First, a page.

By applying their various tactics against the government and communities and by putting them against each other in some cases, prying on people's frustration with the government and employing classic intimidation in large measures insurgents are holding territory in Northern provinces such as Kuduz, Logar, and recently in one of the most peaceful area, Parwan province including Kabul city where it has just recently turned to become the main targeted part. Indeed for quite some time, the insurgents have gotten closer and stronger in the central provinces and it is not unique to Parwan.

However, yet, the recent instability in the central provinces complicates the coalition's timelines considerably. Parwan is among the possible candidates for the second stage of the transition from NATO to Afghan control.

The Afghan National Army's 6th battalion is headquartered in the Posht-e Sorkh area of Parwan and it is hoped that they will be able to enhance the province's security. Yet, although the governor Salangi insists that the transition will go ahead as planned, the very recent attack has certainly deepened concerns about whether Afghan soldiers and police will be able to preserve stability in the region alone. This is the question that the whole people of Afghanistan are concerning about since every day the situation is getting worse.

In addition, the instability in Afghanistan at large complicates the broader withdrawal timeline. U.S military officials have already begun withdrawing from the country. For most of the provinces and for the whole country, perhaps the most serious danger is that political deadlines which will force an early transition or withdrawal which is an absolute risk for the political stability of Afghanistan.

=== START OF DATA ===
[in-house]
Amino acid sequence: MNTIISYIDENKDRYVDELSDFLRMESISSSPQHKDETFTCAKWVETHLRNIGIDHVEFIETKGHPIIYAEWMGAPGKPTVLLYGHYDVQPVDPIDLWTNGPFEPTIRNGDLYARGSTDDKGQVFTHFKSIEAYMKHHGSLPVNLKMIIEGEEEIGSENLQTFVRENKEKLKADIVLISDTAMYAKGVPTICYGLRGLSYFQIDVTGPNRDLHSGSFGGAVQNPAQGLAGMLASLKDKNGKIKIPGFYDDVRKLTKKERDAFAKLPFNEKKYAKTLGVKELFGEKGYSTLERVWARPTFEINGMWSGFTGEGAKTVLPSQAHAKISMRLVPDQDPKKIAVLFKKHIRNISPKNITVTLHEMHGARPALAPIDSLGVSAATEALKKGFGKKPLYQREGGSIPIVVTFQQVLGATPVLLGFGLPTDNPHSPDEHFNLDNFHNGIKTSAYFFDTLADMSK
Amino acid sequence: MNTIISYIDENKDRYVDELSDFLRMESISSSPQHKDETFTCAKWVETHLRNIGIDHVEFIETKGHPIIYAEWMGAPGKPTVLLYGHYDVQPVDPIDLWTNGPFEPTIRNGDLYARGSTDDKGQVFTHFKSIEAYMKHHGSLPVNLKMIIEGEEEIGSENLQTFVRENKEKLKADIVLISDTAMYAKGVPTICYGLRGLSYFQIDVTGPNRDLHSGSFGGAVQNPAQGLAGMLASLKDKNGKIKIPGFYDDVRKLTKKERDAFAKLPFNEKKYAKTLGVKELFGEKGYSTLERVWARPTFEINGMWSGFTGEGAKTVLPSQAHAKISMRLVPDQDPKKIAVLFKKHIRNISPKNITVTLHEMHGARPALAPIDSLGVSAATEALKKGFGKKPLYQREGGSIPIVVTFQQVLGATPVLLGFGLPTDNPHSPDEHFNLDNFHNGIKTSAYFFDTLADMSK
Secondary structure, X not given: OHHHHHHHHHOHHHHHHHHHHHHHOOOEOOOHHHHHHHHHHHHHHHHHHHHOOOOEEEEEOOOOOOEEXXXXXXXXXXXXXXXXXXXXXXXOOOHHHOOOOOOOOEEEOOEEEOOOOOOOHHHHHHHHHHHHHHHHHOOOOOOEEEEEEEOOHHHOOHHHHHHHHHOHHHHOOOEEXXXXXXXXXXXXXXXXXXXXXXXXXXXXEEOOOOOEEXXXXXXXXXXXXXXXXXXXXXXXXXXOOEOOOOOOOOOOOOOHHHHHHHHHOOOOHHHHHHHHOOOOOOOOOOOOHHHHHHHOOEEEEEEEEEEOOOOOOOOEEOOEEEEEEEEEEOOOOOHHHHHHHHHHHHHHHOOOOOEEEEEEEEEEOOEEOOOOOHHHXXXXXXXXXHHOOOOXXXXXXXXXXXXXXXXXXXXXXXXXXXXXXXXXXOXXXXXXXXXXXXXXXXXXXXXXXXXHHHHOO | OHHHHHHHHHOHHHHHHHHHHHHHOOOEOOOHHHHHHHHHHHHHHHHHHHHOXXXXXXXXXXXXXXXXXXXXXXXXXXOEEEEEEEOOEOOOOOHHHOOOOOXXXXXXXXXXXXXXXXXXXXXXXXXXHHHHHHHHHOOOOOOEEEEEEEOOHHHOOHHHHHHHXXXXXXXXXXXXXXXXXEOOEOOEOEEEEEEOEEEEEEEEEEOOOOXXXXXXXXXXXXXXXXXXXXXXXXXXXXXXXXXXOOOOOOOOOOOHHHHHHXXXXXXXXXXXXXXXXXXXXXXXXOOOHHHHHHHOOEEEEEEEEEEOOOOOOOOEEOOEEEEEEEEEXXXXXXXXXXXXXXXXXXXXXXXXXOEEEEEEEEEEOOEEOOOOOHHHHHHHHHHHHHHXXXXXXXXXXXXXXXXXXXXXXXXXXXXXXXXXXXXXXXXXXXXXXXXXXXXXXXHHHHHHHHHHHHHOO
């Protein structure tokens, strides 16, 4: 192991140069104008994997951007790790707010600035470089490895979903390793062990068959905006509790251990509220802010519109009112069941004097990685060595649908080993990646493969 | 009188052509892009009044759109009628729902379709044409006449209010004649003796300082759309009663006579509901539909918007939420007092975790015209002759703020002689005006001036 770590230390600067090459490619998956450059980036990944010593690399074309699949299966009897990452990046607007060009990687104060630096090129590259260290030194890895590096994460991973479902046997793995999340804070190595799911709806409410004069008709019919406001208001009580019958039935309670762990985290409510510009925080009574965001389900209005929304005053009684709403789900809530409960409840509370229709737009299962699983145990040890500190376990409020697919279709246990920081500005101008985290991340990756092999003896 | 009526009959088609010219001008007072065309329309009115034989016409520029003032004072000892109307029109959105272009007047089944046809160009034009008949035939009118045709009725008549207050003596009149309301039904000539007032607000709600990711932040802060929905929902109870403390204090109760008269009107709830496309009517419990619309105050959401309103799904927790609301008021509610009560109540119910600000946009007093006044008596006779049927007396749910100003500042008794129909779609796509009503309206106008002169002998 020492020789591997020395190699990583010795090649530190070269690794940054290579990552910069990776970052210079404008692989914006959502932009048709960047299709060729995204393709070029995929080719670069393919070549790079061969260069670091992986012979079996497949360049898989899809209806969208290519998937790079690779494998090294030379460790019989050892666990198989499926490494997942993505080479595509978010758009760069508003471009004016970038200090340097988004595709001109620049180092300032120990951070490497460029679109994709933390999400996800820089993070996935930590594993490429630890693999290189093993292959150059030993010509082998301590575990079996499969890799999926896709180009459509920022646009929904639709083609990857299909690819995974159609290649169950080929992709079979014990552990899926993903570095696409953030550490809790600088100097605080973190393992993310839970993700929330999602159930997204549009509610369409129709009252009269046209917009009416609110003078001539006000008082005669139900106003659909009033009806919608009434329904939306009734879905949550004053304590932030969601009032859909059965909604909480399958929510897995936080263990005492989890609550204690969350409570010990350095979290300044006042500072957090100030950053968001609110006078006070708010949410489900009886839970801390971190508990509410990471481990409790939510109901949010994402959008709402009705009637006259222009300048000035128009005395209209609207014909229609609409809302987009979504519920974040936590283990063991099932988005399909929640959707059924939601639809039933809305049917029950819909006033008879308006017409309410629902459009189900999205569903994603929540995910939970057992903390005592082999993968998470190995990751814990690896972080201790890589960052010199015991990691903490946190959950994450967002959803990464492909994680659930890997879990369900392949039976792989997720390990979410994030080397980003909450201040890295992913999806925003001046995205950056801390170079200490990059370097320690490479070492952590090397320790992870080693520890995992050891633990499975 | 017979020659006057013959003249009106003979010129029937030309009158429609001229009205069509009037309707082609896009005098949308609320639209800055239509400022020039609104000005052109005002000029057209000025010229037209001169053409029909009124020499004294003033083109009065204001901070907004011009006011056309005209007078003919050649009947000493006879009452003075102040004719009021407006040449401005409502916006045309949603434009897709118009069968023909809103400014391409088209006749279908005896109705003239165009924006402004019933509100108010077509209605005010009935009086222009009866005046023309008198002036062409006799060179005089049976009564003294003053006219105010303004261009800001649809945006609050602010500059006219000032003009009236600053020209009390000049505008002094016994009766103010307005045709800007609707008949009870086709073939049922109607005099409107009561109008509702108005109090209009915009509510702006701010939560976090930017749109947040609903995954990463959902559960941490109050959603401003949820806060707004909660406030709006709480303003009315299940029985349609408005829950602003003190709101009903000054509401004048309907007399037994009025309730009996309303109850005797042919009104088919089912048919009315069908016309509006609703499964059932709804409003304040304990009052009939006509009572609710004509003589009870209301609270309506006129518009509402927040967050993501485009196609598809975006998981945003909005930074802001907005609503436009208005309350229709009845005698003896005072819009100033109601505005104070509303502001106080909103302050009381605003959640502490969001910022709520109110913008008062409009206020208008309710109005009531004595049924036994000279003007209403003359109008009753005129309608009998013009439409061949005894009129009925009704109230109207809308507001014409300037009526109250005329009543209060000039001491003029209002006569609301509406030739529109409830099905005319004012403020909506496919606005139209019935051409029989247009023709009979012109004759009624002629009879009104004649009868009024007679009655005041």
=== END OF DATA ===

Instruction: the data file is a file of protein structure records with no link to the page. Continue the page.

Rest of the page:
If security responsibilities are left to Afghan forces that are under-prepared and unable to maintain order and their current capabilities are by no means certain, it will prepare the ground for the Taliban greater operational freedom and encourage further incursions into these previously peaceful territories. Giving them greater scope to operate will also bolster their certainty of outlasting the coalition force.

If NATO wants to hold central Afghanistan against the insurgents, its military and political leadership must weigh the risk profile of the transition very carefully before proceeding. Following timelines will not meet the desired results if the Taliban are subsequently able to establish safe havens and support networks in the provinces around the capital to operate against the government.